Towards a Refugee Policy for an Inclusive Hong Kong: Enhancing the Status of China's International City

Project: Research project

Project Details


Under some duress, the Hong Kong SAR Government (HKSARG) has adopted a Unified Screening Mechanism (USM) for refugees. While this is an important step forward, criticism of the Administration’s handling of refugee issues continues (Legislative Council Secretariat, 2014). Internationally, Aljazeera (Banu, 2014) proclaimed “Hong Kong’s refugee shame” and argued that “Hong Kong must update its refugee policy to match its growing image as an international city”. This proposal has been developed to address these issues. There are three key concerns related to the issue of refugees: 1. The reasons for refugees leaving their homes to come to Hong Kong have rarely been examined. Refugee issues are more often canvassed in emotional terms related to Hong Kong’s failure to sign the UN Convention on Refugees. Thus the current ‘policy’ debate rarely comes to grip with key issues. 2. At a different level, little is known about the everyday living experiences of refugees in Hong Kong. This has given rise to statements in the Legislative Council that “claimants (are) engaging in illegal employment and criminal activities during their stay in Hong Kong”. These claims need to be investigated. 3. Part of the experience of refugees is related to their families, and in particular accompanying children. There is little information in the public domain on the topic. Yet Hong Kong is signatory to international covenants about the rights of children and has a domestic obligation for compulsory educational provision. The issue requires clarification. The current research will explore these issues based on an understanding of the Administration’s legal responsibilities, the current contexts in which refugee migration takes place, the needs of Hong Kong in a globalized world order, the needs of refugees, and the necessity for an internationally acceptable solution. As has been argued, refugee policy is about “self-image” and it is Hong Kong’s image that this project seeks to enhance. The research will be conducted in two-stages. The first stage will involve document analysis and interviews with key policy makers, non-government agencies and school professionals. The second stage will include case studies of refugees and asylum seekers. The case studies based on in-depth interviews and observations will provide data for policy development. In-depth interviews with officials from government bureaus and NGOs will provide understandings on different refugee issues. In-depth interviews with school professionals as well as the case studies with some refugees will help explore the educational provision for refugee children.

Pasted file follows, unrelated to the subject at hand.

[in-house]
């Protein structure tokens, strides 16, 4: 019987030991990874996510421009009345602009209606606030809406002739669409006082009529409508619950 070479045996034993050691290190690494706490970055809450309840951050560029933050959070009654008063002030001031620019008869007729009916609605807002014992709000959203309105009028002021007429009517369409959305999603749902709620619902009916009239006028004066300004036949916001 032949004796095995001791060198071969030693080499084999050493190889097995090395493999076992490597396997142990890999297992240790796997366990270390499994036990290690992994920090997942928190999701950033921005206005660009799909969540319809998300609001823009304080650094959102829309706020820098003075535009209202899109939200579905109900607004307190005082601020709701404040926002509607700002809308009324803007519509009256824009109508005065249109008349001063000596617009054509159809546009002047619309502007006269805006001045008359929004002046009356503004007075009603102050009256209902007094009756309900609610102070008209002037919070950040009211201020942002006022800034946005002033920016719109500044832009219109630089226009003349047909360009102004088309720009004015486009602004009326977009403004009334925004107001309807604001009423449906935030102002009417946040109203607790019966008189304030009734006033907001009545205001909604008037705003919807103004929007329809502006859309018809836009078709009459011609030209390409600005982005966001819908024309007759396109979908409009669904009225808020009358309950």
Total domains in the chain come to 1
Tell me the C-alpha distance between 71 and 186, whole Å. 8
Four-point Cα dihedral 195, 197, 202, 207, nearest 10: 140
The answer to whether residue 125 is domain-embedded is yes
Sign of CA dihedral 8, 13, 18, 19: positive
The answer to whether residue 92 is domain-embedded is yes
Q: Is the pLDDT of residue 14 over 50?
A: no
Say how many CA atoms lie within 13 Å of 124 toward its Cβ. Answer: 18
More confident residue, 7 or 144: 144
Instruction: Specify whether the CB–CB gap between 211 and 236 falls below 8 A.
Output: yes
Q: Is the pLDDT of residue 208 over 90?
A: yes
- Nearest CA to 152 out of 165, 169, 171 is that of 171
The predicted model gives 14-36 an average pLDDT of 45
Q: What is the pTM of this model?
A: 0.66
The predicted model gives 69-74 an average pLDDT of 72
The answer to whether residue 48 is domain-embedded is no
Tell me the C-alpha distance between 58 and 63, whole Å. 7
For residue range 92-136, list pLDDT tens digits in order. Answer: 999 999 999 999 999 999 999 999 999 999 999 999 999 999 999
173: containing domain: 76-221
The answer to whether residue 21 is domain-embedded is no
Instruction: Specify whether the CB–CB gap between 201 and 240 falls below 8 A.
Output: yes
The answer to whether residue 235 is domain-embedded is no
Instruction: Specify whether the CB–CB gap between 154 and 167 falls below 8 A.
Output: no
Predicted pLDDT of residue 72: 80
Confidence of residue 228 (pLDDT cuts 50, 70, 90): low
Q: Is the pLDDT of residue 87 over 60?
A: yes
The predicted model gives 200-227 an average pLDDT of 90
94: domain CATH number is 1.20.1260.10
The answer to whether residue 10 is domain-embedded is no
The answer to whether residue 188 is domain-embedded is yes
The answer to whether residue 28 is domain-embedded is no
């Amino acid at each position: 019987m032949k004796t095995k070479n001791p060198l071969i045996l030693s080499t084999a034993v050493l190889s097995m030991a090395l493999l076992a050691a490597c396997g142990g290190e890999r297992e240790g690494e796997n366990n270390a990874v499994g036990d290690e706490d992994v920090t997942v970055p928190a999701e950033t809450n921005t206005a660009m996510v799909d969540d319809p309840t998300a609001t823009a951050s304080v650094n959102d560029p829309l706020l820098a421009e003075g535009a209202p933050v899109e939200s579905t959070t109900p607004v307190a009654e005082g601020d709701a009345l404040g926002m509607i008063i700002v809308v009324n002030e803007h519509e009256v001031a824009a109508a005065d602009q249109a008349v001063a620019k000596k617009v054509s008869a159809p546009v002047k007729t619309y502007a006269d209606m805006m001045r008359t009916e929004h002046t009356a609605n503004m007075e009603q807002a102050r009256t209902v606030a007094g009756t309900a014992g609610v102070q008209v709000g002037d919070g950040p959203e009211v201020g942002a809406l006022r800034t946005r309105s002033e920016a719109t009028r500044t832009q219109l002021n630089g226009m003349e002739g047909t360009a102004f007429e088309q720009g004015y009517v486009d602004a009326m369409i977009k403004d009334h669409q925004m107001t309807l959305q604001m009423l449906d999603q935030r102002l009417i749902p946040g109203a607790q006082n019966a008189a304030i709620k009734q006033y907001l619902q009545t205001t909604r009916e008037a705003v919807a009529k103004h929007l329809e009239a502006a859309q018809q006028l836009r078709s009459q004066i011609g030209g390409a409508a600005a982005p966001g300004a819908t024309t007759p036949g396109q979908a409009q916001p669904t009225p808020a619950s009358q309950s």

Funding Source: HKSAR Govt - Others^
Effective start/end date01/08/1531/08/16


  • refugees, policy, multiculturalism


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